Jennifer successfully wins her first case as She-Hulk, but a pair of cameos end up stealing the show in “The People vs. Emil Blonsky”(She-Hulk season 1 episode 3).
After Emil Blonsky’s (Tim Roth) prison escape in “Superhuman Law,” Jennifer (Tatiana Maslany) has her work cut out for her in “The People vs. Emil Blonsky”. Like the previous episode, this one remains a fun look at the legal side of superheroes. Though Jennifer wins her first case as She-Hulk, this episode will be better remembered for its pair of cameos that have gone viral.
Jennifer quickly realizes that Wong (Benedict Wong) was the one who forced Blonsky to escape prison and Nikki (Ginger Gonzaga) attempts to reach out to him. Jennifer, aware that the audience wants to see Wong, addresses the show’s number of cameos though reminds them that she is the star of the show. While the breaking of the fourth wall has been an effective technique in the previous episodes, this was the best use of it to date.
The show also once again uses meta brilliantly as Jennifer sees the public reaction to her emergence as She-Hulk. The awful tweets complaining about the addition of another female superhero are very pointed to the toxic part of the comic book fandom. The show addresses the misogyny without being too heavy-handed, even though it will still likely go over some people’s heads.
Wong appears in Jennifer’s office via portal and insists that he forced Blonsky to break out of prison. The incident connects to Shang-Chi and the Legend of the Ten Rings, and a reference to Spider-Man: No Way Home continues to connect the vast Marvel Cinematic Universe. Though Wong says that the fight club prison break was a training exercise, there are a lot of questions as to why he chose to specifically break Abomination out of prison for this.
With the testimony of Blonsky and several prison inmates, Jennifer tries to argue that Blonsky is a changed man and should be granted parole. Though the council is skeptical, Wong eventually appears to testify on Blonsky’s behalf. Wong hilariously escapes through a portal when the council suggests charging him for the prison break. With the additional agreement that Blonsky will wear a power inhibitor, Jennifer wins the case for him.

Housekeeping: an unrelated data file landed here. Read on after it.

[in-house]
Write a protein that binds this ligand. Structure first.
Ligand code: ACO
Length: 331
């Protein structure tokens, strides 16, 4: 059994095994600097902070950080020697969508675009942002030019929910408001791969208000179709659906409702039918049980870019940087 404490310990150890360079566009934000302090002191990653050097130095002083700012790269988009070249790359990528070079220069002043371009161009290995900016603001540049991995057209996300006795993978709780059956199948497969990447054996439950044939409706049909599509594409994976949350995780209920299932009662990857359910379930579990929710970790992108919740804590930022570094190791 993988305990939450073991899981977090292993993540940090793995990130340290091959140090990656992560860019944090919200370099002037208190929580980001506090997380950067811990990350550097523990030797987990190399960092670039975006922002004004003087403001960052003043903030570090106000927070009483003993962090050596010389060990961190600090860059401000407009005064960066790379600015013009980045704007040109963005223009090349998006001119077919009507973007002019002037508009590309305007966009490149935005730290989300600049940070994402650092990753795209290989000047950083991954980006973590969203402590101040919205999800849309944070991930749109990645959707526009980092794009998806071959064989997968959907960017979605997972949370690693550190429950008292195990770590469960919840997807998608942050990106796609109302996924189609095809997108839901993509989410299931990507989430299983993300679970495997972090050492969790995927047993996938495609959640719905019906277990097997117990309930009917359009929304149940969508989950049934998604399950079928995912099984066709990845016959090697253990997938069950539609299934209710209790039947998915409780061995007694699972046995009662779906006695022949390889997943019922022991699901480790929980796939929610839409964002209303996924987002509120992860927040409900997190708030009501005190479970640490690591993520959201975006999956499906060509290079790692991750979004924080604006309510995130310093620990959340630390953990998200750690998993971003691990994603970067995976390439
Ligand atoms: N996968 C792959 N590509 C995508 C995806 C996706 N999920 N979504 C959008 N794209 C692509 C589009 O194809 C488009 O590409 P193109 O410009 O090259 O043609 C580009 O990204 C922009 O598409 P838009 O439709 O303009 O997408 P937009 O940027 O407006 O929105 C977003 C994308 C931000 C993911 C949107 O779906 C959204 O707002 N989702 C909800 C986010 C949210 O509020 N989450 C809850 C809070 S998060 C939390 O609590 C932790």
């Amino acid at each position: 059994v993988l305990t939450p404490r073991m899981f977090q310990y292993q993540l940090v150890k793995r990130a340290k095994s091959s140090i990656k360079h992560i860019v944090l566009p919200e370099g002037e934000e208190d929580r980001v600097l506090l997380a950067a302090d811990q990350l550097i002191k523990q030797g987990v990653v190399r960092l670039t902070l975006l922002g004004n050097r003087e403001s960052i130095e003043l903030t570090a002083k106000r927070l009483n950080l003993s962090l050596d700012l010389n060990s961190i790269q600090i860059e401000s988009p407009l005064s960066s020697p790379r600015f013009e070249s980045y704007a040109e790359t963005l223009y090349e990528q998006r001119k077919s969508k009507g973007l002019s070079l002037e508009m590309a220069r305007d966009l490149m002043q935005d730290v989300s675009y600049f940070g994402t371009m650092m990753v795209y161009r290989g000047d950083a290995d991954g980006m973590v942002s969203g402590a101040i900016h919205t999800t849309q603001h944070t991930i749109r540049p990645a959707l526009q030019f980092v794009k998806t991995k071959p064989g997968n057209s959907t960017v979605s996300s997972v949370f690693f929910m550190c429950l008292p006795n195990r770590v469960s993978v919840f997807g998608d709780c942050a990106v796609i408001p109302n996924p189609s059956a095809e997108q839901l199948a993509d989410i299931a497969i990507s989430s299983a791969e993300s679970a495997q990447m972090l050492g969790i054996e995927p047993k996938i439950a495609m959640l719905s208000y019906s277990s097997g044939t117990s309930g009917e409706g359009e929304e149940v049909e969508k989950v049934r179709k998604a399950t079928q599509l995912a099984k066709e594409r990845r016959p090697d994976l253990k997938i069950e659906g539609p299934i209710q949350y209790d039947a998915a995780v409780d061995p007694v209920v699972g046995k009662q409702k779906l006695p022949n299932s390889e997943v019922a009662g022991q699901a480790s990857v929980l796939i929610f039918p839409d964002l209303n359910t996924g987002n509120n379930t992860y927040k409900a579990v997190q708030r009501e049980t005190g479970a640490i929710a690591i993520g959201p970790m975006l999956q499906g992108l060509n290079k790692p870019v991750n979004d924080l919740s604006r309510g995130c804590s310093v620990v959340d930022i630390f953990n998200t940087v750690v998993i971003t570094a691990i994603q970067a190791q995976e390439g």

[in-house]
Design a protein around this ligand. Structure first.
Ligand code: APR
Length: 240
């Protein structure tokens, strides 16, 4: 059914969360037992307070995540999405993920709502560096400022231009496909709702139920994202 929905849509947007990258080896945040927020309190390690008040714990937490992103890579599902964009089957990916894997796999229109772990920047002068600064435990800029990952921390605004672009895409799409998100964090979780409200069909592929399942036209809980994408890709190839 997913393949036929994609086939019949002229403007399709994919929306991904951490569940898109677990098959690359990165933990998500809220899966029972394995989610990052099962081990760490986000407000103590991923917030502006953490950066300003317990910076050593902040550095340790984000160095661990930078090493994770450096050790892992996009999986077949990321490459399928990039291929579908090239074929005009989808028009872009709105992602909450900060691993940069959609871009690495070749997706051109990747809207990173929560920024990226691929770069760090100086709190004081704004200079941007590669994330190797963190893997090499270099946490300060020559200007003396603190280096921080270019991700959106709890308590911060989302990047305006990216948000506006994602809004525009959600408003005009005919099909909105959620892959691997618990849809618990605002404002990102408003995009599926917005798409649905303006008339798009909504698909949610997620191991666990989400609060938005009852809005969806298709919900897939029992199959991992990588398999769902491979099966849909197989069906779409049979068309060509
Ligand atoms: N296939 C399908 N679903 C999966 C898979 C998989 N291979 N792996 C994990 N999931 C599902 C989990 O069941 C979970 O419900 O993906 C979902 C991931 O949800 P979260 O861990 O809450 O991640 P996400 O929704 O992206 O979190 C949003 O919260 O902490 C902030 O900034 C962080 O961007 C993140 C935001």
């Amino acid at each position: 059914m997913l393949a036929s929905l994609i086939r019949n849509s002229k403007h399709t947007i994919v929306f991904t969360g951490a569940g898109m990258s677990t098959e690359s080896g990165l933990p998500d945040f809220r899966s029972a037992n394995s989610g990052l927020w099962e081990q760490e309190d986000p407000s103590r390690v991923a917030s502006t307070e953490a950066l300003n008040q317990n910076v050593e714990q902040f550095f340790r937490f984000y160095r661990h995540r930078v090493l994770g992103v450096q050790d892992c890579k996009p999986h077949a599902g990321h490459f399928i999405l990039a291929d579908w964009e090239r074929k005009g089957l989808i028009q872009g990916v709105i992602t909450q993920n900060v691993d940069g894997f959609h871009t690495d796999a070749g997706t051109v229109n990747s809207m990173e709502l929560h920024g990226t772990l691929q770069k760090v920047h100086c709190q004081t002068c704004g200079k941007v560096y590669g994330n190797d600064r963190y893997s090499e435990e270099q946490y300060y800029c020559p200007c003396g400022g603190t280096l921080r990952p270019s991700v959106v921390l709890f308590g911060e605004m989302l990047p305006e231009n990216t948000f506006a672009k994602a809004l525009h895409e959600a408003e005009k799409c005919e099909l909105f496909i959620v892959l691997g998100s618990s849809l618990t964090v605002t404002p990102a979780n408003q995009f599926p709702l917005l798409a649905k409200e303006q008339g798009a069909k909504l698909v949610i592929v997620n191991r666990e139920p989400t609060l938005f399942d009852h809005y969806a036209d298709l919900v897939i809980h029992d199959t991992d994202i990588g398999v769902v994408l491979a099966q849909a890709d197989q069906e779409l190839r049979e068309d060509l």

Elsewhere, Jennifer’s current coworker Pug (Josh Segarra) represents her old coworker Dennis (Drew Matthews) against an Asgardian shapeshifter who convinced Dennis that she was rapper Megan Thee Stallion. The absurd storyline has the shapeshifter try to use Thor’s speech about Asgard in her defense and shapeshifts into the judge at one point. Jennifer helps Dennis win his case by testifying that Dennis is delusional enough to believe that Megan Thee Stallion would be interested in him as the real Megan Thee Stallion looks on.
Megan Thee Stallion’s fun cameo continues into the post-credit scene where Jennifer signs her as a client. The two celebrate by twerking around the office, much to the horror of Holliway (Steve Coulter). The moment is dumb, but it’s still a fun little moment for the post-credits sequence.
On a more serious note, the ending of “The People vs. Emil Blonsky” contains two important story threads going forward. Jennifer, at Nikki’s urging, attempts to take control of the She-Hulk narrative by giving her first TV interview. It’s an important step for her as she becomes more and more comfortable with being She-Hulk.
In addition, Jennifer is attacked by a group on her way home. She is easily able to take care of them in She-Hulk form, but it seems that their mysterious boss wants a blood sample from She-Hulk for sinister purposes. It will be interesting to see how these storylines progress and how Jennifer’s superhuman law practice changes after her first big win.
Author: Jessica Wolff
Jessica Wolff is a graduate of Drexel University with a BS in Film/Video. She has a passion for entertainment and representation in entertainment. She currently resides outside of Washington, DC.
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